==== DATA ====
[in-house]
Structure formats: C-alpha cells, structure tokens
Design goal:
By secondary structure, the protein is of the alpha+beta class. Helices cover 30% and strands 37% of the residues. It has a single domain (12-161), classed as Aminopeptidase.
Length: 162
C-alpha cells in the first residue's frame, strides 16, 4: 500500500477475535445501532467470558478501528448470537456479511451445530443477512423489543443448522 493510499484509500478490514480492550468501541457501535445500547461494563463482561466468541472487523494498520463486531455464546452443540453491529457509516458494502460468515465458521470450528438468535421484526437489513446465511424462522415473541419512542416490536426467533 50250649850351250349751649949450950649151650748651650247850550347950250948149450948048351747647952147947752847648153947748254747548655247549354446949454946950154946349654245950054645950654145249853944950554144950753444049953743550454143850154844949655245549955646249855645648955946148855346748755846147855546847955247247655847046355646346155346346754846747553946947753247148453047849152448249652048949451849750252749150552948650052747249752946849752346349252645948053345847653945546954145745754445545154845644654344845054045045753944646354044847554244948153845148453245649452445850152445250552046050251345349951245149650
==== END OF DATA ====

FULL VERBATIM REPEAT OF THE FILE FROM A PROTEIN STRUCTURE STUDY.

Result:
[in-house]
Structure formats: C-alpha cells, structure tokens
Design goal:
By secondary structure, the protein is of the alpha+beta class. Helices cover 30% and strands 37% of the residues. It has a single domain (12-161), classed as Aminopeptidase.
Length: 162
C-alpha cells in the first residue's frame, strides 16, 4: 500500500477475535445501532467470558478501528448470537456479511451445530443477512423489543443448522 493510499484509500478490514480492550468501541457501535445500547461494563463482561466468541472487523494498520463486531455464546452443540453491529457509516458494502460468515465458521470450528438468535421484526437489513446465511424462522415473541419512542416490536426467533 50250649850351250349751649949450950649151650748651650247850550347950250948149450948048351747647952147947752847648153947748254747548655247549354446949454946950154946349654245950054645950654145249853944950554144950753444049953743550454143850154844949655245549955646249855645648955946148855346748755846147855546847955247247655847046355646346155346346754846747553946947753247148453047849152448249652048949451849750252749150552948650052747249752946849752346349252645948053345847653945546954145745754445545154845644654344845054045045753944646354044847554244948153845148453245649452445850152445250552046050251345349951245149650